This paper found that having a bundled payments and penalties model (Comprehensive Care for Joint Replacement; CJR) for optimal care around hip and knee replacements reduced Medicare spending per episode compared to areas that did not pilot the programme. The overall difference was small in absolute terms at $812 against a total cost of around $24,000 per episode. The programme involves the hospital meeting a set of performance measures, and if they can do so at a lower cost, any savings are shared between the hospital and the payer. Cost savings were mainly driven by a reduction in patients being discharged to post-acute care facilities. Rates of complex patients were similar between pilot and control areas – this is important because a lower rate of complex cases in the CJR trial areas might indicate hospitals ‘cherry picking’ easier to treat, less expensive cases. Also, rates of complications were not significantly different between the CJR pilot areas and controls.
This paper suggests that having this kind of bundled payment programme can save money while maintaining quality.

Association of the Hospital Readmissions Reduction Program with mortality among Medicare beneficiaries hospitalized for heart failure, acute myocardial infarction, and pneumonia. JAMA [PubMed] Published 25th December 2018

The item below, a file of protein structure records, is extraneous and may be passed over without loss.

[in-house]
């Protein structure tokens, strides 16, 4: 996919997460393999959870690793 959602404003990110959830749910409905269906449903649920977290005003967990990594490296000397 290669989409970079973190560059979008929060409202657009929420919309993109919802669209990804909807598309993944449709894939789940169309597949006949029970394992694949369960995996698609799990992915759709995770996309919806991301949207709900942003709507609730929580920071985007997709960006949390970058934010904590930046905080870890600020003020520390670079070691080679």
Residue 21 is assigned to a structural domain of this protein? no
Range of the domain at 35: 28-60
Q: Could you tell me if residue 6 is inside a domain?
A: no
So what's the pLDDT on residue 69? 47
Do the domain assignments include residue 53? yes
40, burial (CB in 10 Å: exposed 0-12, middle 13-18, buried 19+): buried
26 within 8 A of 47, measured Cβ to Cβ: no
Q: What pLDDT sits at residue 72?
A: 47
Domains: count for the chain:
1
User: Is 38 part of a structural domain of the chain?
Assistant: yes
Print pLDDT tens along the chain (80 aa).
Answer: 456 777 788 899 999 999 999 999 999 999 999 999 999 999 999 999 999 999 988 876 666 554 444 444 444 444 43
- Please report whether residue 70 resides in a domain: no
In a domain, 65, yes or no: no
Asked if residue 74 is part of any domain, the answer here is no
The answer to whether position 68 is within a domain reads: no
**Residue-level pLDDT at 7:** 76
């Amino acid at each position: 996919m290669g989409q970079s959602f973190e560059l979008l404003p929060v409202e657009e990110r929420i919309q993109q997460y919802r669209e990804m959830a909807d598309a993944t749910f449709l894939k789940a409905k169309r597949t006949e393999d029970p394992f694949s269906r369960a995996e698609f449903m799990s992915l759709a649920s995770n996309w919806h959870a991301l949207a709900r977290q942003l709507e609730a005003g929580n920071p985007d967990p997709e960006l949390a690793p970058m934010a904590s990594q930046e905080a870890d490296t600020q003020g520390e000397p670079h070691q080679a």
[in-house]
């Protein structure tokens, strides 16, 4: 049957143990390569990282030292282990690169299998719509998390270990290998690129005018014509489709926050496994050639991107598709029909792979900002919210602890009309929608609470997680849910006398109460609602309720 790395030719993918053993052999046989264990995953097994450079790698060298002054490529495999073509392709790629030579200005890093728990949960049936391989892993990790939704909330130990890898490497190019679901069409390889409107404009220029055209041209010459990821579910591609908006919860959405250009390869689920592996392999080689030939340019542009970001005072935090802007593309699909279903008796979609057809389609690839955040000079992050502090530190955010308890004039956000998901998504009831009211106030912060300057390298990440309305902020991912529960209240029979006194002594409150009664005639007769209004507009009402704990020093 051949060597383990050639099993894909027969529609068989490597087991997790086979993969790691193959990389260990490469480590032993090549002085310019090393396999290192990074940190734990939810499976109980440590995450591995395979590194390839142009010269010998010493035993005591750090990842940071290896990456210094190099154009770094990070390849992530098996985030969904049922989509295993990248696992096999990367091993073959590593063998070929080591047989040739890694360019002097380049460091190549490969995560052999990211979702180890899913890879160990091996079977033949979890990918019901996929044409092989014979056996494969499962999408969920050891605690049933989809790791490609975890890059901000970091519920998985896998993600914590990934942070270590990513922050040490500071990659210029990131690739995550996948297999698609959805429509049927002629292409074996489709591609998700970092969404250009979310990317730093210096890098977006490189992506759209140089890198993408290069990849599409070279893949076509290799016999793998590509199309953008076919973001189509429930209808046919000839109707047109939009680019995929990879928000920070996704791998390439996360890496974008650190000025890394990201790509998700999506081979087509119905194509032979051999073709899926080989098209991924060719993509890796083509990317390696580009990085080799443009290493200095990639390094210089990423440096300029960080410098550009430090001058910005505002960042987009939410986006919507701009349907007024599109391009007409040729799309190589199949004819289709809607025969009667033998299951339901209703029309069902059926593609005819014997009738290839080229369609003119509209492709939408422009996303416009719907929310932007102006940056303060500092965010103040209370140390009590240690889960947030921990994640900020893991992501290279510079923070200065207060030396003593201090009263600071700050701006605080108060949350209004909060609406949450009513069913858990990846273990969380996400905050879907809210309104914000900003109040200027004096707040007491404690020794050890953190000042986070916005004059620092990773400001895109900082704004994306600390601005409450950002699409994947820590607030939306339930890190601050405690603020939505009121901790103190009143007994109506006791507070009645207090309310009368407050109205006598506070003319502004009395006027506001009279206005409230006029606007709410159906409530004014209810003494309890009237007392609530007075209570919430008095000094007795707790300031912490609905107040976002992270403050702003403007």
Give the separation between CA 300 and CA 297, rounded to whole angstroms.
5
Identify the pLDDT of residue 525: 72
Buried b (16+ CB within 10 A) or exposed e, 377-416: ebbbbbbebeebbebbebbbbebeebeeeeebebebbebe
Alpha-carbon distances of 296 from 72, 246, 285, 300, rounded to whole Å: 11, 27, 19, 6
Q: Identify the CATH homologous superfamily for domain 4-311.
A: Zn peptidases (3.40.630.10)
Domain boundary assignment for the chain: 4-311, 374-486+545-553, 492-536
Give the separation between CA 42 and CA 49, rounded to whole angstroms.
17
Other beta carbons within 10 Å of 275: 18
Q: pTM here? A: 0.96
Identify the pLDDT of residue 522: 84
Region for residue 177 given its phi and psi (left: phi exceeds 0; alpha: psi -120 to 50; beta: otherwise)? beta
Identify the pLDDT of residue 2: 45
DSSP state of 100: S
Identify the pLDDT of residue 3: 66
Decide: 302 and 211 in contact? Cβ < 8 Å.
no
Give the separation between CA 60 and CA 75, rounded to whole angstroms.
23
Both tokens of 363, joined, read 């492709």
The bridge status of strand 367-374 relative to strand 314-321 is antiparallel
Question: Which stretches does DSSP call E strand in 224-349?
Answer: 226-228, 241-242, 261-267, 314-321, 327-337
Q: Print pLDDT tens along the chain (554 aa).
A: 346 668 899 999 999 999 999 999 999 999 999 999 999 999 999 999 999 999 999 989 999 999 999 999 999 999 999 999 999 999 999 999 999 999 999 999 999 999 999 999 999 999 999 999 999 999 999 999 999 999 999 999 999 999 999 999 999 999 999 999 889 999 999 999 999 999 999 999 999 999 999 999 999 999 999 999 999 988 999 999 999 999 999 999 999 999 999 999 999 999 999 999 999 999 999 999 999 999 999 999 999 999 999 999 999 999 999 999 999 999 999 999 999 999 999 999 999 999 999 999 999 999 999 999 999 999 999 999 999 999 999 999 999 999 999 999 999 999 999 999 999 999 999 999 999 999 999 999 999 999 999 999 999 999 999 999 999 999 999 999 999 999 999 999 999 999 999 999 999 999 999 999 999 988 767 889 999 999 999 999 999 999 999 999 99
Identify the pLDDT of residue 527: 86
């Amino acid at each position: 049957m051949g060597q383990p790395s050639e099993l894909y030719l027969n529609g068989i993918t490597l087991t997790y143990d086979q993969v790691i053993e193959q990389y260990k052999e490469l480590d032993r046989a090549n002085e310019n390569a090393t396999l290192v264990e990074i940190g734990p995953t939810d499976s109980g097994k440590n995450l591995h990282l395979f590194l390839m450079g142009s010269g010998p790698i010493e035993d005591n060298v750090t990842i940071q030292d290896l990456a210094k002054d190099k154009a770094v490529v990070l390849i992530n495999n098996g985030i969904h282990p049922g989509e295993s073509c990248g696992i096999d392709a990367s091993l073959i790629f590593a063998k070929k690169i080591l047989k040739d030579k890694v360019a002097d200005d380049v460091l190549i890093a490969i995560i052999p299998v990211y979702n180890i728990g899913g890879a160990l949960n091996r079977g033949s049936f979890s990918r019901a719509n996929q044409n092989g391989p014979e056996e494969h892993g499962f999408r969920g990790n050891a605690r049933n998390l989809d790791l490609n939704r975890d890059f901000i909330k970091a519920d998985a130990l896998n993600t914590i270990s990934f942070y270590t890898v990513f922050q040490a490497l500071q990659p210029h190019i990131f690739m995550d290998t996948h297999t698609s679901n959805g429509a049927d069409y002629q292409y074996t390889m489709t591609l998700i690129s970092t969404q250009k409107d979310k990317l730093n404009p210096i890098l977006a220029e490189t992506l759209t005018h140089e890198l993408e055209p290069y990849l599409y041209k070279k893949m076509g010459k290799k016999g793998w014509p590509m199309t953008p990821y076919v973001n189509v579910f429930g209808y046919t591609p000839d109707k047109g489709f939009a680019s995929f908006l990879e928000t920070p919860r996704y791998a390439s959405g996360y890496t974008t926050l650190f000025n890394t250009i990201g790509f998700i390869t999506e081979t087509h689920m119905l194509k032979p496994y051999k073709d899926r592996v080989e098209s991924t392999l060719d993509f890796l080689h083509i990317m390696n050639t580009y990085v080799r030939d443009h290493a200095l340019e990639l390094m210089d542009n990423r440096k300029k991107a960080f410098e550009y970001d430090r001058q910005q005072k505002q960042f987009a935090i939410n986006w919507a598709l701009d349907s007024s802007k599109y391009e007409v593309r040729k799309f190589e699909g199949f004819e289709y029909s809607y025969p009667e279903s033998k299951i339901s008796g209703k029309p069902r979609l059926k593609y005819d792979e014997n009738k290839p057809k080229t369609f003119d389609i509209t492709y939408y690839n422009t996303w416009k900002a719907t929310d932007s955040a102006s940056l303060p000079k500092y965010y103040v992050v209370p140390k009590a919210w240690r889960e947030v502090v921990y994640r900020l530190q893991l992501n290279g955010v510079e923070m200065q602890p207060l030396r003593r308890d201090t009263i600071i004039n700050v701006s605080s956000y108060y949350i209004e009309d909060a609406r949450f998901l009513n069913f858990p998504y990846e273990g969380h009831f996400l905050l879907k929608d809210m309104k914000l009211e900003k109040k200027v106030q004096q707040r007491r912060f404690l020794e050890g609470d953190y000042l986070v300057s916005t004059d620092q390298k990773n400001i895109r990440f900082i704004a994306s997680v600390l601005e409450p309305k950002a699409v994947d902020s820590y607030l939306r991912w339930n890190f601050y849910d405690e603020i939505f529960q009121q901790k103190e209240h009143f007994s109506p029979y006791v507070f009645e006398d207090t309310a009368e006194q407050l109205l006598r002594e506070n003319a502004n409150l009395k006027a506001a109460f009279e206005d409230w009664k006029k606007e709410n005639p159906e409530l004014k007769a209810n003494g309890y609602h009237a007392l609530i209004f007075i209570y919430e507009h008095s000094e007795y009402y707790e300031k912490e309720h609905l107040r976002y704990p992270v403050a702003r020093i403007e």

Nobody likes being in hospital. But sometimes hospitals are the best places for people. This paper looks at possible unintended consequences of a US programme; the Hospital Readmissions Reduction Program (HRRP) where the Centers for Medicare & Medicaid Services (CMS) impose financial penalties (almost $2billion dollars’ worth since 2012) on hospitals with elevated 30-day readmission rates for patients with heart failure, acute myocardial infarction, and pneumonia. This study compared four time periods (no control group) and found that, after the programme was implemented, death rates for people who had been admitted with pneumonia and heart failure increased, with these increased deaths occurring more in people who had not been readmitted to hospital. The analysis controlled for differences in demographics, comorbidities, and calendar month using propensity scores and inverse probability weighting.